VNS Reduces Task-Dependent Calorie Intake in Rats.

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Vagus Nerve Stimulation Promotes Cortical Reorganization and Reduces Task-Dependent Calorie Intake in Male and Female Rats.

Abstract
Numerous preclinical studies demonstrate that vagus nerve stimulation (VNS) paired with motor rehabilitation improves functional recovery after neural injuries such as stroke, traumatic brain injury, and spinal cord injury, in part by driving neural plasticity within the motor cortex. To date, these studies have been performed almost exclusively in female rats, however, the risk for neural injuries of all types is significantly higher among males than females. We therefore sought to determine whether VNS was equally effective at driving motor cortical plasticity in both sexes. Male and female rats were trained on a skilled lever press task prior to VNS electrode implantation. After recovery, rats received ten training sessions in which VNS, or sham stimulation, was paired with correct motor performance. At the completion of these treatment sessions, somatotopic mapping of motor cortex was performed. We found that performance on the lever task was similar between male and female rats, though on average, males performed more trials per training session, consistent with their larger size and higher caloric need. Training-paired VNS effectively induced cortical motor map reorganization in both male and female rats. Notably, we also found that VNS reduced lever-press associated caloric intake during treatment in both sexes. These VNS-driven effects were robust to behavioral and biological differences between male and female subjects. Taken together, our results suggest that, in both male and female rats, VNS simultaneously engages both pro-plasticity neuromodulation within the neocortex and satiety or reward-related networks that reduce task-associated caloric intake.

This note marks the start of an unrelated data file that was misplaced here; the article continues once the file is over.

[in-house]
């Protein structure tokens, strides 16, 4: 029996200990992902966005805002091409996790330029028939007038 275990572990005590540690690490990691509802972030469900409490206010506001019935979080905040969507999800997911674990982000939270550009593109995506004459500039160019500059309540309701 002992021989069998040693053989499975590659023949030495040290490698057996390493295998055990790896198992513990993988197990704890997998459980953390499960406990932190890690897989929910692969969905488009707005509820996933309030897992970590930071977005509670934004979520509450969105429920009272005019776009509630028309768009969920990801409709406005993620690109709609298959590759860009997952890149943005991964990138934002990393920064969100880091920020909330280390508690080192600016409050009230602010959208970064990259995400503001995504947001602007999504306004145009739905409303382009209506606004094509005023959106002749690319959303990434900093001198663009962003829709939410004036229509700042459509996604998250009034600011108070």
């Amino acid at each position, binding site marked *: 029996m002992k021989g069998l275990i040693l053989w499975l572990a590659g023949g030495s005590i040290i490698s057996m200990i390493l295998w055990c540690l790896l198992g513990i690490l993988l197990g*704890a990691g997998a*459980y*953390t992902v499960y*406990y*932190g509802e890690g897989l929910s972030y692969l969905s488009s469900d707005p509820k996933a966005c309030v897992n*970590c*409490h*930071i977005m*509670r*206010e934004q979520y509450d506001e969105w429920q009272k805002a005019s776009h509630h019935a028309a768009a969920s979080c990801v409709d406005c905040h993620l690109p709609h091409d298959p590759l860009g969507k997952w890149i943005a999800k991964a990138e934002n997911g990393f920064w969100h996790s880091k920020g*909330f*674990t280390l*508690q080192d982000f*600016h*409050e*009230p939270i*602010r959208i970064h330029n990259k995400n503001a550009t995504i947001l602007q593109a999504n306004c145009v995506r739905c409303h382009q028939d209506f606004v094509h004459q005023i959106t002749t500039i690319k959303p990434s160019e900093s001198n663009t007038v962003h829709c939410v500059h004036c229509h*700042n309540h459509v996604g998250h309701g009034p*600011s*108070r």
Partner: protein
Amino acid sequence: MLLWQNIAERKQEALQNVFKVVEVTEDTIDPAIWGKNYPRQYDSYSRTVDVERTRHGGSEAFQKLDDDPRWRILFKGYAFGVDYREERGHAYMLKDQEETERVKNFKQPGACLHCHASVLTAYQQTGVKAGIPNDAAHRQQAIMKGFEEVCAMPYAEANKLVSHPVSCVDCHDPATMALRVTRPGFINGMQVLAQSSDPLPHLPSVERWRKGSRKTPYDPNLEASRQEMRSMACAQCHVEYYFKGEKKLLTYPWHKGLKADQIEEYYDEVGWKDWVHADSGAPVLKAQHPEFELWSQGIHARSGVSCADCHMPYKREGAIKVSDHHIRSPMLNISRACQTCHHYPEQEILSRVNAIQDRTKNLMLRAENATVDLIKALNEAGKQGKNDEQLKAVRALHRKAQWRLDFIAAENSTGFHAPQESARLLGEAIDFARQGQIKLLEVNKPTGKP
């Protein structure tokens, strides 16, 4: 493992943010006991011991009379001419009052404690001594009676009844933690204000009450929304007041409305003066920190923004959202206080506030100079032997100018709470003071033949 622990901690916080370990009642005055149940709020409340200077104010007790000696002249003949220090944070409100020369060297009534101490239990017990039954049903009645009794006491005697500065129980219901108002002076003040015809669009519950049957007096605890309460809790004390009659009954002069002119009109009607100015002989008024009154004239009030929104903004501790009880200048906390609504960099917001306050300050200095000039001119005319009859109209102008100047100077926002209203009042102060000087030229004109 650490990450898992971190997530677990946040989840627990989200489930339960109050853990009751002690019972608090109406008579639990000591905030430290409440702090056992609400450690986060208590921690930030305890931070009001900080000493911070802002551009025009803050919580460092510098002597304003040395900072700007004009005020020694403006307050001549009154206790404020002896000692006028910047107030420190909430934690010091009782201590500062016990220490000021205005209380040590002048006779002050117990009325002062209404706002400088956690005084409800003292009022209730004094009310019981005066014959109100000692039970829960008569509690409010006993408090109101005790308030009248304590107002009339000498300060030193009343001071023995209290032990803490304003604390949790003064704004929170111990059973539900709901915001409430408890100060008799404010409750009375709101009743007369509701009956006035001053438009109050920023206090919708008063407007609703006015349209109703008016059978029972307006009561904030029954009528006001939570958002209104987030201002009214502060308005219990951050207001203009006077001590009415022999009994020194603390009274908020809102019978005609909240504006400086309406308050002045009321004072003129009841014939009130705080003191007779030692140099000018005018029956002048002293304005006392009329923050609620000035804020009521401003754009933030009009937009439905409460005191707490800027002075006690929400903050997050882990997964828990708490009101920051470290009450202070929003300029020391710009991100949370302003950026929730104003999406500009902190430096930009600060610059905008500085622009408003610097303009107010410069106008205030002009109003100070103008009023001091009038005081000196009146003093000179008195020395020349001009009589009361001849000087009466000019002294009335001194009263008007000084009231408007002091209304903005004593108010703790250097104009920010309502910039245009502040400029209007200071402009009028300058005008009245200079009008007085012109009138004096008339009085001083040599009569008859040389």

PMID: 32896520 [PubMed – as supplied by publisher]

Brain Res. 2020 Sep 04;:147099

Authors: Tseng CT, Brougher J, Gaulding SJ, Hassan BS, Thorn CA

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